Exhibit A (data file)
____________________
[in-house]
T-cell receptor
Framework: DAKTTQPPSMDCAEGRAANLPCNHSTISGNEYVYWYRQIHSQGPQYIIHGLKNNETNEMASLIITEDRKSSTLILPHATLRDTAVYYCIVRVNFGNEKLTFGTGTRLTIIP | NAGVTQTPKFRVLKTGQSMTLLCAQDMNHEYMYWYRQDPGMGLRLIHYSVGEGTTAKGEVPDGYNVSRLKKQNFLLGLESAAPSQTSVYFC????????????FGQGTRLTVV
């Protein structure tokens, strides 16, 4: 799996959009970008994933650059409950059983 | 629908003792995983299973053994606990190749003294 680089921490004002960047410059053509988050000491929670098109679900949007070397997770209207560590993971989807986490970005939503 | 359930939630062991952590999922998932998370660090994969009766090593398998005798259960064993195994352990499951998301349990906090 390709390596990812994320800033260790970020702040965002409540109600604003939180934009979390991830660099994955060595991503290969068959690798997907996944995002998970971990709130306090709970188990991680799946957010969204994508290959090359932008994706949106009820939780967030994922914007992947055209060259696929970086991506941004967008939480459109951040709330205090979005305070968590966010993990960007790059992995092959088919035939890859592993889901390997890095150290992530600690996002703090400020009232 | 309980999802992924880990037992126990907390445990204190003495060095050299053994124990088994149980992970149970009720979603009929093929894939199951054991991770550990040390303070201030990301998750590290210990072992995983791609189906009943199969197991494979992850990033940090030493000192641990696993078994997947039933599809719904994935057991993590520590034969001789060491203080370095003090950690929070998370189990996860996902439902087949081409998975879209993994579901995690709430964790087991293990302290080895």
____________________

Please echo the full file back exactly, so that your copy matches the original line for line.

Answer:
[in-house]
T-cell receptor
Framework: DAKTTQPPSMDCAEGRAANLPCNHSTISGNEYVYWYRQIHSQGPQYIIHGLKNNETNEMASLIITEDRKSSTLILPHATLRDTAVYYCIVRVNFGNEKLTFGTGTRLTIIP | NAGVTQTPKFRVLKTGQSMTLLCAQDMNHEYMYWYRQDPGMGLRLIHYSVGEGTTAKGEVPDGYNVSRLKKQNFLLGLESAAPSQTSVYFC????????????FGQGTRLTVV
């Protein structure tokens, strides 16, 4: 799996959009970008994933650059409950059983 | 629908003792995983299973053994606990190749003294 680089921490004002960047410059053509988050000491929670098109679900949007070397997770209207560590993971989807986490970005939503 | 359930939630062991952590999922998932998370660090994969009766090593398998005798259960064993195994352990499951998301349990906090 390709390596990812994320800033260790970020702040965002409540109600604003939180934009979390991830660099994955060595991503290969068959690798997907996944995002998970971990709130306090709970188990991680799946957010969204994508290959090359932008994706949106009820939780967030994922914007992947055209060259696929970086991506941004967008939480459109951040709330205090979005305070968590966010993990960007790059992995092959088919035939890859592993889901390997890095150290992530600690996002703090400020009232 | 309980999802992924880990037992126990907390445990204190003495060095050299053994124990088994149980992970149970009720979603009929093929894939199951054991991770550990040390303070201030990301998750590290210990072992995983791609189906009943199969197991494979992850990033940090030493000192641990696993078994997947039933599809719904994935057991993590520590034969001789060491203080370095003090950690929070998370189990996860996902439902087949081409998975879209993994579901995690709430964790087991293990302290080895």